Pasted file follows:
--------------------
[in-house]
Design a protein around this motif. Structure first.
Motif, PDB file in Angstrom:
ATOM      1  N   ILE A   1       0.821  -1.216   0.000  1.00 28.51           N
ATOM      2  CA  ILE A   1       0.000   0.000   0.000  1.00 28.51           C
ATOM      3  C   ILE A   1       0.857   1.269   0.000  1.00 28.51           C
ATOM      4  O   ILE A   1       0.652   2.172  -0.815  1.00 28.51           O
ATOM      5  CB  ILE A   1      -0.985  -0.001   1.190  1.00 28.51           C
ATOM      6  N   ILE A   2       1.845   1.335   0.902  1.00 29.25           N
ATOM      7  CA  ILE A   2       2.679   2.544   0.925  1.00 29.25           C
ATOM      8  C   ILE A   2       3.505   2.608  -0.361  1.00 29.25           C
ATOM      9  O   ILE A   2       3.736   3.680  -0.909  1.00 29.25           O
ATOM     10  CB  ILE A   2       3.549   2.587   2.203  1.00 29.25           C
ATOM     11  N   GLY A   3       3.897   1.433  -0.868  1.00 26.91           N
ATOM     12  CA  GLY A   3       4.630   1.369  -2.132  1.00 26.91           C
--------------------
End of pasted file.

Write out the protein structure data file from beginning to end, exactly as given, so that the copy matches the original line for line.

[in-house]
Design a protein around this motif. Structure first.
Motif, PDB file in Angstrom:
ATOM      1  N   ILE A   1       0.821  -1.216   0.000  1.00 28.51           N
ATOM      2  CA  ILE A   1       0.000   0.000   0.000  1.00 28.51           C
ATOM      3  C   ILE A   1       0.857   1.269   0.000  1.00 28.51           C
ATOM      4  O   ILE A   1       0.652   2.172  -0.815  1.00 28.51           O
ATOM      5  CB  ILE A   1      -0.985  -0.001   1.190  1.00 28.51           C
ATOM      6  N   ILE A   2       1.845   1.335   0.902  1.00 29.25           N
ATOM      7  CA  ILE A   2       2.679   2.544   0.925  1.00 29.25           C
ATOM      8  C   ILE A   2       3.505   2.608  -0.361  1.00 29.25           C
ATOM      9  O   ILE A   2       3.736   3.680  -0.909  1.00 29.25           O
ATOM     10  CB  ILE A   2       3.549   2.587   2.203  1.00 29.25           C
ATOM     11  N   GLY A   3       3.897   1.433  -0.868  1.00 26.91           N
ATOM     12  CA  GLY A   3       4.630   1.369  -2.132  1.00 26.91           C